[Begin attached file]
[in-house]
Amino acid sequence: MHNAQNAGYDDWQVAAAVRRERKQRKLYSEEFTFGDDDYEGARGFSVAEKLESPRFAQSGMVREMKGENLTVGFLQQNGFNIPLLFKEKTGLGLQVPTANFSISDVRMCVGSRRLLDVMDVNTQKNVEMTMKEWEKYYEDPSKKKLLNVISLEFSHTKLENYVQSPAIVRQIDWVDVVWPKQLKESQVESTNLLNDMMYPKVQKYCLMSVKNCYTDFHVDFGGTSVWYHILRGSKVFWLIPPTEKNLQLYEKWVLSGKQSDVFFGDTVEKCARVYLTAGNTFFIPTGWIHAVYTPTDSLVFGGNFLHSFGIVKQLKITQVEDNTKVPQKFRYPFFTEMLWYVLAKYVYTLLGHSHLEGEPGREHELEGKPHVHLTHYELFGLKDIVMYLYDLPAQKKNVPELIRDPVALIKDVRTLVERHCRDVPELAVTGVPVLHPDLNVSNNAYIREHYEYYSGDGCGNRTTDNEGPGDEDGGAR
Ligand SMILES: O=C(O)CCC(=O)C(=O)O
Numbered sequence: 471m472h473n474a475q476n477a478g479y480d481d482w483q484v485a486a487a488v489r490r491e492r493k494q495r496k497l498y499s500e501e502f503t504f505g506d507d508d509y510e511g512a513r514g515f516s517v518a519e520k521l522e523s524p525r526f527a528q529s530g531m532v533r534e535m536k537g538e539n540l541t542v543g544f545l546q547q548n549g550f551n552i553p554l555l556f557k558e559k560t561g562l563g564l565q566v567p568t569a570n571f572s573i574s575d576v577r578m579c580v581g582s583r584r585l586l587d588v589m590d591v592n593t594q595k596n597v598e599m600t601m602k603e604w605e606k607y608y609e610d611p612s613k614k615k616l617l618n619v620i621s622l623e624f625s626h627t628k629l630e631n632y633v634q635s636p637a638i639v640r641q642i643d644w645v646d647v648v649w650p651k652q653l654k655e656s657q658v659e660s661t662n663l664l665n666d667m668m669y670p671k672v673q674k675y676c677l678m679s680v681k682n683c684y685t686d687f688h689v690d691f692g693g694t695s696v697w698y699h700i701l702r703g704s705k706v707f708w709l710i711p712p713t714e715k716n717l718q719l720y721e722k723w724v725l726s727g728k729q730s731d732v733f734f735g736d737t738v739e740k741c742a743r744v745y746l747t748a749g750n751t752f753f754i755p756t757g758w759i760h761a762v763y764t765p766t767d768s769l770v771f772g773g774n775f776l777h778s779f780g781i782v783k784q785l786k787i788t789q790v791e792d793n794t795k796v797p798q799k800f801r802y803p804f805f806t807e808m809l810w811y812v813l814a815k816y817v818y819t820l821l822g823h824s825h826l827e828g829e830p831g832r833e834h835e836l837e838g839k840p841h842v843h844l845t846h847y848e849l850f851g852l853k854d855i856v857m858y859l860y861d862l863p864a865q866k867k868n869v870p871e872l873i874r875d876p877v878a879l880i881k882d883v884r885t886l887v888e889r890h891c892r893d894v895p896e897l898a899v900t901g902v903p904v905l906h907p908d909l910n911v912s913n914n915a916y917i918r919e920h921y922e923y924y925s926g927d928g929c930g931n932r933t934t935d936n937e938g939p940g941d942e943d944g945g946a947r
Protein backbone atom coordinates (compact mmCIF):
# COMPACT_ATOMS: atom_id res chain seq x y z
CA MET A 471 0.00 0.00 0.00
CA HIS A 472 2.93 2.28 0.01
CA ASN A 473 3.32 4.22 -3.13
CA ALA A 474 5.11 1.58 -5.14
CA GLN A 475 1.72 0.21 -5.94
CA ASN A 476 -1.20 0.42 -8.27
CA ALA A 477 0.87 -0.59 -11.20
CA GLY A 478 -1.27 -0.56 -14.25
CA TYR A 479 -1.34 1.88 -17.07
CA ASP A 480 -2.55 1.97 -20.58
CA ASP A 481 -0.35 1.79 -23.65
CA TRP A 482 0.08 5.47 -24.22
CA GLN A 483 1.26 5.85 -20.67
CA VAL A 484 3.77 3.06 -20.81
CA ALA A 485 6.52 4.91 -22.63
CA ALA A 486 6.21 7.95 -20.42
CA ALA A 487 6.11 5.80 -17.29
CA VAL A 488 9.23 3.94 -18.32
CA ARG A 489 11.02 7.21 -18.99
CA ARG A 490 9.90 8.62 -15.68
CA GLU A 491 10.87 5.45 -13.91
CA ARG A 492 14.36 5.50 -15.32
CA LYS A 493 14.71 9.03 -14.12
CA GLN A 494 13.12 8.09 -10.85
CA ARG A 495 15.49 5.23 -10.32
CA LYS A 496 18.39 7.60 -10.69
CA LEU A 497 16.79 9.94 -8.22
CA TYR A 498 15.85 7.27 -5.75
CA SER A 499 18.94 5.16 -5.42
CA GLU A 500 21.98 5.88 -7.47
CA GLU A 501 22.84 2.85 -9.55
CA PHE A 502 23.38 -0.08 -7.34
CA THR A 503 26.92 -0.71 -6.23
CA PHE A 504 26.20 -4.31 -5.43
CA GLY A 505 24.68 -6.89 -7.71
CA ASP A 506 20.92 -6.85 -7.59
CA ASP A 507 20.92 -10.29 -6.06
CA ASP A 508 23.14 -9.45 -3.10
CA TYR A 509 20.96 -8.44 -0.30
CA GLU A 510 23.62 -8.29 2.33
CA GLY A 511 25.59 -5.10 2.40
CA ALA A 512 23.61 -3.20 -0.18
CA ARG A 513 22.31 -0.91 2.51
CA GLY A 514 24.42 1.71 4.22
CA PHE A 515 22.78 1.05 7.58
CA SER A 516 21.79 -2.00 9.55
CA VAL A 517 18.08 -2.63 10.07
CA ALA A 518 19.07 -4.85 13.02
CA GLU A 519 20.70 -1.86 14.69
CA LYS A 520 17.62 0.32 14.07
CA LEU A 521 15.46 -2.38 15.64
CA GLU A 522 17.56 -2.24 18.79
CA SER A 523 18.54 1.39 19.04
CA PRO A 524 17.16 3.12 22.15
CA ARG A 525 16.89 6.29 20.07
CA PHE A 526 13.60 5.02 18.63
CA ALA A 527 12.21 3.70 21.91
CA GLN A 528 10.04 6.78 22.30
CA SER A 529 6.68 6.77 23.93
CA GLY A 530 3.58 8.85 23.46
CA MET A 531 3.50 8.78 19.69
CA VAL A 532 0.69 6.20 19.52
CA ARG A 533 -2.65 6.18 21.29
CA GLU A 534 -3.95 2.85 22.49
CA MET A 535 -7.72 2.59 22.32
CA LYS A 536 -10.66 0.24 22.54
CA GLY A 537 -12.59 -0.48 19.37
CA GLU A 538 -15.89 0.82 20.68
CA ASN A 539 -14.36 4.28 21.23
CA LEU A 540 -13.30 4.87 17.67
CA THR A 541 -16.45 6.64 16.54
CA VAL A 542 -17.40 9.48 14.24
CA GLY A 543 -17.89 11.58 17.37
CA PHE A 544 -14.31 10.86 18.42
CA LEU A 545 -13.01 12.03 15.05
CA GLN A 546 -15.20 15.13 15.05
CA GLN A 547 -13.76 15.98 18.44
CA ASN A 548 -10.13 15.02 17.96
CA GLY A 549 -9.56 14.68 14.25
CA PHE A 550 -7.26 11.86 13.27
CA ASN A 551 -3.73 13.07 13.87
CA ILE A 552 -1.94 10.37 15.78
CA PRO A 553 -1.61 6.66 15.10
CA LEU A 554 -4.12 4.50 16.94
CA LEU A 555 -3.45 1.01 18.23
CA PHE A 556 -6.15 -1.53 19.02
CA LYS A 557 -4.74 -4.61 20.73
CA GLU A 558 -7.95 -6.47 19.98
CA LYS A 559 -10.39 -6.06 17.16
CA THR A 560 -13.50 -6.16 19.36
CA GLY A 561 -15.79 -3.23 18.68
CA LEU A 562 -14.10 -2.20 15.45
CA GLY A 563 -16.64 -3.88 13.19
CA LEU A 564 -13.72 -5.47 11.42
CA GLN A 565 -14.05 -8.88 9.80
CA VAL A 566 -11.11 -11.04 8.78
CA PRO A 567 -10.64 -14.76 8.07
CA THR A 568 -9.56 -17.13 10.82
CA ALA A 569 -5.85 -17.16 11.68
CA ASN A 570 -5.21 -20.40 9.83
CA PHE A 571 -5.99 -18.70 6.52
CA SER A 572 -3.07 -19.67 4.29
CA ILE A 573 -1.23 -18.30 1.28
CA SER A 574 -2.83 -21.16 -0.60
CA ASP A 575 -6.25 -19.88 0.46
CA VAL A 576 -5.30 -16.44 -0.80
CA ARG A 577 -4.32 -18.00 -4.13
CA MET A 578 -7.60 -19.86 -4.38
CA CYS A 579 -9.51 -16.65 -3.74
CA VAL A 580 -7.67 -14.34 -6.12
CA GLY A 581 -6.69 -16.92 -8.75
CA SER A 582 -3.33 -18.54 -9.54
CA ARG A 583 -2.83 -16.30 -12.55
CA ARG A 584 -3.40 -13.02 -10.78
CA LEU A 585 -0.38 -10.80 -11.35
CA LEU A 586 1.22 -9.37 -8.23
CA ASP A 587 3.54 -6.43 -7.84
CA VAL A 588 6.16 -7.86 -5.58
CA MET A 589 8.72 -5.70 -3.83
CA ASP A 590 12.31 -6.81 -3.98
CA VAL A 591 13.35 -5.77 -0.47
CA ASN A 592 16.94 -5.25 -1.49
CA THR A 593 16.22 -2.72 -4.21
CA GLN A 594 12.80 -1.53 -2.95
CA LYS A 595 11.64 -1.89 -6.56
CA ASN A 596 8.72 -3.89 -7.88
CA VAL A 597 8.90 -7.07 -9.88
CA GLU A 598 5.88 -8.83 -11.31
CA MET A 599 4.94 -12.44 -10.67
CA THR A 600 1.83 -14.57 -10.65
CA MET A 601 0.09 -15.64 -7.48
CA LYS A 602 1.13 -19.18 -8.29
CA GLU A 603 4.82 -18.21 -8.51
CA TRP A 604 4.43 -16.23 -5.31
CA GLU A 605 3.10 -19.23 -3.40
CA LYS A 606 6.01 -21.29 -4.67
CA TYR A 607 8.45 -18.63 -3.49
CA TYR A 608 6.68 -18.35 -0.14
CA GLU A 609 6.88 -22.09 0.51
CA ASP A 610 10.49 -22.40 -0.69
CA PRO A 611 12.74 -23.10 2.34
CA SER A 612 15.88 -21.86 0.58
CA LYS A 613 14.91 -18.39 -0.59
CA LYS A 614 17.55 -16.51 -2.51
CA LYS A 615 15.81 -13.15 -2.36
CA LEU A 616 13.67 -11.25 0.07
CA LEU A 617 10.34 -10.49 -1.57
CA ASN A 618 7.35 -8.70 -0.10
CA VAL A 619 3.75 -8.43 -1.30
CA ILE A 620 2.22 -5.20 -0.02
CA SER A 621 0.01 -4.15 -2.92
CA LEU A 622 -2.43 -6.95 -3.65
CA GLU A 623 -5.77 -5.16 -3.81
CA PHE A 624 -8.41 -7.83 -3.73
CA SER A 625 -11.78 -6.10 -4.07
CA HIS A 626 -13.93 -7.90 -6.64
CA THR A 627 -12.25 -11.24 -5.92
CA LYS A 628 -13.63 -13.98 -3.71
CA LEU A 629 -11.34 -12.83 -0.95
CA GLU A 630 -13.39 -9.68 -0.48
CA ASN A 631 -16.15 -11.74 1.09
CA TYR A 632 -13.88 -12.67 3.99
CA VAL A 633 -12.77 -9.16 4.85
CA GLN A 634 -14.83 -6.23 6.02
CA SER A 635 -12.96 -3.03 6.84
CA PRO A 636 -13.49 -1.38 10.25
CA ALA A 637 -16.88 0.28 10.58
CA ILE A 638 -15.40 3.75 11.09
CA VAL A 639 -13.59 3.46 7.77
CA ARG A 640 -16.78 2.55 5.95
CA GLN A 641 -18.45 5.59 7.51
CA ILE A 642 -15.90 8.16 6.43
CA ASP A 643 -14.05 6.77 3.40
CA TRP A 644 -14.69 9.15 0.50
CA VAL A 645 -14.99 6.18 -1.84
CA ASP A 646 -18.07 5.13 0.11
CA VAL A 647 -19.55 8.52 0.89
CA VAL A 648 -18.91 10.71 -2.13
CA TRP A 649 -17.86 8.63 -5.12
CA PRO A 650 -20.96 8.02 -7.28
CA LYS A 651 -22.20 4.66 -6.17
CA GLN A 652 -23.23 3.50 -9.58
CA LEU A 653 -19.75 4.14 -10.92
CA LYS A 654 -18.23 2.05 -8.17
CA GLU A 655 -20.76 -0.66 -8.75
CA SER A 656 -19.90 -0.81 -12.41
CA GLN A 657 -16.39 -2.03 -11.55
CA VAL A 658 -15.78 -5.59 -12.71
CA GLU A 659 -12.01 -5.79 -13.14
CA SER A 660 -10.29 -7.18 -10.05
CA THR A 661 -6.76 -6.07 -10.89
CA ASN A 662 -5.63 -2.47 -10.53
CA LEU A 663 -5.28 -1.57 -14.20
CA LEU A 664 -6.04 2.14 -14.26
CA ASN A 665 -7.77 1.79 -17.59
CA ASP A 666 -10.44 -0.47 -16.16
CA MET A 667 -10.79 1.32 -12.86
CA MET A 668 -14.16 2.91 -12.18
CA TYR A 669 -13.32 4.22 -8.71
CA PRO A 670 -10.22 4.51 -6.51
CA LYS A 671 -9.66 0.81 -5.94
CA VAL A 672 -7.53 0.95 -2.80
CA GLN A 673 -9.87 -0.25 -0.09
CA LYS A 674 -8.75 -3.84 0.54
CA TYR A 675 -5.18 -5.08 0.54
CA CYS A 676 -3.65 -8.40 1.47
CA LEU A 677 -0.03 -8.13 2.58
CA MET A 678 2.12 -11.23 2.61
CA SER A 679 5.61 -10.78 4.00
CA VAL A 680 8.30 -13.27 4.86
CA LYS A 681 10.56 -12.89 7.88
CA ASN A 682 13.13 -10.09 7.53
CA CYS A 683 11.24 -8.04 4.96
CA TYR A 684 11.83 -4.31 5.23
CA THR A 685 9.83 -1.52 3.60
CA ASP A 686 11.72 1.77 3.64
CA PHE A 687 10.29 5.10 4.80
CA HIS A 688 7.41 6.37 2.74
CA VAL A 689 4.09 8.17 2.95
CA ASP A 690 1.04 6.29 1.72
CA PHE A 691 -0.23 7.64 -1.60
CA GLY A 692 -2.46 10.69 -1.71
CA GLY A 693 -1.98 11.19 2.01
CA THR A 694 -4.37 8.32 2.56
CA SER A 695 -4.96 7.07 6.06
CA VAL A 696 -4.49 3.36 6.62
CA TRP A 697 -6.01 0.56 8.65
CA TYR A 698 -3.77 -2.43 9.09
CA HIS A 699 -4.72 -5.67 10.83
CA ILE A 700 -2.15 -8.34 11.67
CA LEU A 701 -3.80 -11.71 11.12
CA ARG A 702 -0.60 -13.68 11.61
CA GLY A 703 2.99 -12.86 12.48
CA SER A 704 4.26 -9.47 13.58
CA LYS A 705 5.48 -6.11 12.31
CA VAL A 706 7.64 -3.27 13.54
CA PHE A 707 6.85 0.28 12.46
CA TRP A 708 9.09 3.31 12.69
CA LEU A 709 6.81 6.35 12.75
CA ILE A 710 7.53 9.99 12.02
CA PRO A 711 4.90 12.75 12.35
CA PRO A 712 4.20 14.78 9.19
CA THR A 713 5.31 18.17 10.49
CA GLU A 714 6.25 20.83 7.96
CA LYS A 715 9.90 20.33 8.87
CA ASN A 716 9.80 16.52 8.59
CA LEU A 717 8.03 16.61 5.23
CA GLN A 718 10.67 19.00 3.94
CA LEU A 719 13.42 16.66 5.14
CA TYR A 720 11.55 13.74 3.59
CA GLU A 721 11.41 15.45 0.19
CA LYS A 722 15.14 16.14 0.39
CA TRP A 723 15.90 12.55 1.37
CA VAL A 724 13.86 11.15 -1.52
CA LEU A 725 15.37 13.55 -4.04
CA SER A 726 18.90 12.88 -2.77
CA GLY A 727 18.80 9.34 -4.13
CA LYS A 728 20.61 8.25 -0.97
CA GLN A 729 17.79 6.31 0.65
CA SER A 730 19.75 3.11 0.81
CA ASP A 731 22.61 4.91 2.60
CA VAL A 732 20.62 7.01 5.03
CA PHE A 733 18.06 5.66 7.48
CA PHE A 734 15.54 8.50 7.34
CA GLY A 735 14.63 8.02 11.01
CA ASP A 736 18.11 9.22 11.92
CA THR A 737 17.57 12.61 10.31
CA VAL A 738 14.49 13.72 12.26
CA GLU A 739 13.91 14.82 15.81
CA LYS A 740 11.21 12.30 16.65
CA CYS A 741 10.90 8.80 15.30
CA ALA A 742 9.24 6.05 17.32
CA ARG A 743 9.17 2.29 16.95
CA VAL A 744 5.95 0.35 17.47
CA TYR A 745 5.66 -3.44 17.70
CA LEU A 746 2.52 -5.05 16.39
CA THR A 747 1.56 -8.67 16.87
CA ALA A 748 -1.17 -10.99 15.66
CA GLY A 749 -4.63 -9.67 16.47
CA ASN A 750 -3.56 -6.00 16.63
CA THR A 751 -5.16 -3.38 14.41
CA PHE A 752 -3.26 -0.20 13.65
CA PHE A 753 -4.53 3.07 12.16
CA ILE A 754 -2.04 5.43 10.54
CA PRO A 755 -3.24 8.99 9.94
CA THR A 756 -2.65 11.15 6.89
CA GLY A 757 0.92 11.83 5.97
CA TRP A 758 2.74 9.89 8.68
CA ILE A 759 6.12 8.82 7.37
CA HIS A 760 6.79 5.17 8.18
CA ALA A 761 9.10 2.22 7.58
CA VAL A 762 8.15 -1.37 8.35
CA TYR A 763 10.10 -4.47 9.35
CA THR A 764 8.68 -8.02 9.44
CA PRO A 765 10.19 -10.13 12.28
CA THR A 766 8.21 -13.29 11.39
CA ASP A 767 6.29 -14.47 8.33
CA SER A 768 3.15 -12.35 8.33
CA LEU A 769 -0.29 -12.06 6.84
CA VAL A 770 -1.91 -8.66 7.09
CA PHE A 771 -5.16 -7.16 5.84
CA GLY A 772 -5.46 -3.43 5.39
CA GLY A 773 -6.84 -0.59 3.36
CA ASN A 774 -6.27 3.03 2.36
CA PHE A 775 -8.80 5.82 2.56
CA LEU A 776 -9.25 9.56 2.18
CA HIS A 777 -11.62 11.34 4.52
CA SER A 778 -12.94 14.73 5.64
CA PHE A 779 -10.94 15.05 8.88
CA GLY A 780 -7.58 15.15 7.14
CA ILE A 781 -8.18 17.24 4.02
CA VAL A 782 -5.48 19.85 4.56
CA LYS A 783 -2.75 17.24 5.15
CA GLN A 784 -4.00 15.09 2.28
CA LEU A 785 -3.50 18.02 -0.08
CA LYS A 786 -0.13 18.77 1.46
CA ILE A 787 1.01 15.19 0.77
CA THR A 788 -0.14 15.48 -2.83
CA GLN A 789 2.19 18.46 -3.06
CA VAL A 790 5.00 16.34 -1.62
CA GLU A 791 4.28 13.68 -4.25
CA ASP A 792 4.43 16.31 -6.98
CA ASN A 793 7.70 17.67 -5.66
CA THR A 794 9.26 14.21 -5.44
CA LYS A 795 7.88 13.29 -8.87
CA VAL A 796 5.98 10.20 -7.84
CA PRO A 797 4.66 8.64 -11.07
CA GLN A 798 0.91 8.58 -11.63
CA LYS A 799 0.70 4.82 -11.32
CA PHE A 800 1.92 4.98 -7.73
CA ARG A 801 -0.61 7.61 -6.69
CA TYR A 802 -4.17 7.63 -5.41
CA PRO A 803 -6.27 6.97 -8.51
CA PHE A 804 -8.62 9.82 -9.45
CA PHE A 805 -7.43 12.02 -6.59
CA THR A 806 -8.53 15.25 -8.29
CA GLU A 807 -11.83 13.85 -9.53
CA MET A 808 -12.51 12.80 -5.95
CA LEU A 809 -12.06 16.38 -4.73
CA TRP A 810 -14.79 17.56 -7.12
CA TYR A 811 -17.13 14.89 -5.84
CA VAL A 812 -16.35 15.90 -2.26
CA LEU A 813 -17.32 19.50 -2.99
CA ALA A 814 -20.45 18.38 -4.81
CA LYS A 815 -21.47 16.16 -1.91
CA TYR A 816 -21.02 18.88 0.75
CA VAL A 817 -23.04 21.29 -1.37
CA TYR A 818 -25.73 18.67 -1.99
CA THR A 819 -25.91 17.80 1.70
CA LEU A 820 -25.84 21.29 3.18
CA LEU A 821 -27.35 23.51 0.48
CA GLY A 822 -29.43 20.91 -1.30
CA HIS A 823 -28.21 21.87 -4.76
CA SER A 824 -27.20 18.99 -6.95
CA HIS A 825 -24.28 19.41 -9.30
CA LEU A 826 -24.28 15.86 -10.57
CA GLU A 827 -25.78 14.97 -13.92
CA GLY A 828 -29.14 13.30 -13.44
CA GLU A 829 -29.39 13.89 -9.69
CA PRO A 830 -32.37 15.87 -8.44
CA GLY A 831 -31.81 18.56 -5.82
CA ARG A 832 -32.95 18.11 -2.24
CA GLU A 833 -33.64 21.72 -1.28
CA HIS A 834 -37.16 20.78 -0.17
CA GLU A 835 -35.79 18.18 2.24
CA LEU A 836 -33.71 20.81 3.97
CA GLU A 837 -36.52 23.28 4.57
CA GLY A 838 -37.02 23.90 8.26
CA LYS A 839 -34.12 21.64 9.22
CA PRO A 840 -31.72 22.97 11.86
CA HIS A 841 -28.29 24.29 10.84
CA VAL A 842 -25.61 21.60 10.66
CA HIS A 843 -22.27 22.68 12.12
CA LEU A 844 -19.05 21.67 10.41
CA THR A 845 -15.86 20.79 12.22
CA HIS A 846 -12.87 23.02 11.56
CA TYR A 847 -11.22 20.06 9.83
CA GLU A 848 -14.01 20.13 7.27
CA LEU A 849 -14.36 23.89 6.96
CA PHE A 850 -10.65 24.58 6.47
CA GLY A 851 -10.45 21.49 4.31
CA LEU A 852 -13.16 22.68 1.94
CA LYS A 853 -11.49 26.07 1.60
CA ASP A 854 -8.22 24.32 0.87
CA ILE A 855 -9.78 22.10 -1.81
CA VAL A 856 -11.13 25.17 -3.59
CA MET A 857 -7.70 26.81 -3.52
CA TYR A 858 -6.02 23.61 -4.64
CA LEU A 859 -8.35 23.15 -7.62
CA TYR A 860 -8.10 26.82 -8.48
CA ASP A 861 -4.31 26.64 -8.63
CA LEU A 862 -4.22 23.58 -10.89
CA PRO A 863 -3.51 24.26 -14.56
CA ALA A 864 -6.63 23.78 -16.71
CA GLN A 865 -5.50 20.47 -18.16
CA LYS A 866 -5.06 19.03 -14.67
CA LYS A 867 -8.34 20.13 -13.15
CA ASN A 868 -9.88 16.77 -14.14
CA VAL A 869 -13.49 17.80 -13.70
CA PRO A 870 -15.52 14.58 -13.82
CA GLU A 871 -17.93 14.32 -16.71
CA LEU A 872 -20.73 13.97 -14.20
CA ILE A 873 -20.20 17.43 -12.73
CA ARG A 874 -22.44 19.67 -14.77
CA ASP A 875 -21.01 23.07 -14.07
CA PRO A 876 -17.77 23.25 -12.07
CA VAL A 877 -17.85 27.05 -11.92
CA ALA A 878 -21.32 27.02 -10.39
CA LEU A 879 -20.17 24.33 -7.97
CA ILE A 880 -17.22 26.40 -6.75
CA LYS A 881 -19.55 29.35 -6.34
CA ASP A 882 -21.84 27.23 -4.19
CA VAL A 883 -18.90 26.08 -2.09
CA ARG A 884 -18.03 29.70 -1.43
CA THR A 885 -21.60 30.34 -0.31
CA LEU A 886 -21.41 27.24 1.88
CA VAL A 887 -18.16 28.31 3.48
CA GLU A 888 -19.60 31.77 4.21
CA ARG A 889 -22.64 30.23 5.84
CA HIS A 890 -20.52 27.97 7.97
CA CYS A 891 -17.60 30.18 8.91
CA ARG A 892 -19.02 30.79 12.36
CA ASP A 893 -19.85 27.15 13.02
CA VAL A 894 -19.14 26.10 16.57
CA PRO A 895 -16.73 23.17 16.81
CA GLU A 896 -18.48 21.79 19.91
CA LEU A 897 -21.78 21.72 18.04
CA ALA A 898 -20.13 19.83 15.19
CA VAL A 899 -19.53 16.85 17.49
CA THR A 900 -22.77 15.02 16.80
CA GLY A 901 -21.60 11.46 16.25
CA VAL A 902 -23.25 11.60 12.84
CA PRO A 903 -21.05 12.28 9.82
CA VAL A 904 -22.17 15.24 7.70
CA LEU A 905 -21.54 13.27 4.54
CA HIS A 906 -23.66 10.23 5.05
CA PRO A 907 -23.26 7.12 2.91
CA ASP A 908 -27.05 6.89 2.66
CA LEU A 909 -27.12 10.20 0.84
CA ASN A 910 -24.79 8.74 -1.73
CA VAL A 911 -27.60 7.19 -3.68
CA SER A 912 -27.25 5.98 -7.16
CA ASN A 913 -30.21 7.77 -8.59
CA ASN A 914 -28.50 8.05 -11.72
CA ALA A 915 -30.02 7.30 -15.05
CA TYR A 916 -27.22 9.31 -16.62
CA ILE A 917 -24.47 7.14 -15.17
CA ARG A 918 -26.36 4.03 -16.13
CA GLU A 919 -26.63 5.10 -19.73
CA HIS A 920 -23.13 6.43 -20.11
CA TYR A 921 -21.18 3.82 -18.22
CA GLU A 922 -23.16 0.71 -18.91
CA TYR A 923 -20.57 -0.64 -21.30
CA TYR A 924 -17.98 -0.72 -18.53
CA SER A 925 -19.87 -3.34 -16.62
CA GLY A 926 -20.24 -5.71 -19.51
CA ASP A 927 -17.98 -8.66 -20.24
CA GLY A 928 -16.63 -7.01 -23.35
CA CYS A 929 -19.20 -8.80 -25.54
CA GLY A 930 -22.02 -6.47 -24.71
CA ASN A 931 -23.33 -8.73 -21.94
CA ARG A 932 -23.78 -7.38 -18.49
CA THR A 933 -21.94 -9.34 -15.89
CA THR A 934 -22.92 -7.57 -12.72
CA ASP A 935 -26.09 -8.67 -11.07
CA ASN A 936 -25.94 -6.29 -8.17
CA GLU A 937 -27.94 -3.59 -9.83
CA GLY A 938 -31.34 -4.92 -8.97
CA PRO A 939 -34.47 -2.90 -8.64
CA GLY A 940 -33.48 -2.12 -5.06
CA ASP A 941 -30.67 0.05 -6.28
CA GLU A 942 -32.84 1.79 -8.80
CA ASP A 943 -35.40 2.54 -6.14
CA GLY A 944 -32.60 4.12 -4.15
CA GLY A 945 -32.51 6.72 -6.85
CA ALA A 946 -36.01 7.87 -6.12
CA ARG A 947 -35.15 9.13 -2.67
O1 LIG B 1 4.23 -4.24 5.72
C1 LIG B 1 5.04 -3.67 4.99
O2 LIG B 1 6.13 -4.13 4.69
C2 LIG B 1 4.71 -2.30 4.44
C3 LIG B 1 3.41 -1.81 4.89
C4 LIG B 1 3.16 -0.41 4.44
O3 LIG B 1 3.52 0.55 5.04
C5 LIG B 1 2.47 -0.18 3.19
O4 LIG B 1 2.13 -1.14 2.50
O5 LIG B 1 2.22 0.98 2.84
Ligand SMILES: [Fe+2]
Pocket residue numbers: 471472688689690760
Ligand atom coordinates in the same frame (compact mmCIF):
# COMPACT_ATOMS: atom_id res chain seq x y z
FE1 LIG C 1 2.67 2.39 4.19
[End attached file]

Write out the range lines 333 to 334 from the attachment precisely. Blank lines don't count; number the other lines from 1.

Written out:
CA PRO A 797 4.66 8.64 -11.07
CA GLN A 798 0.91 8.58 -11.63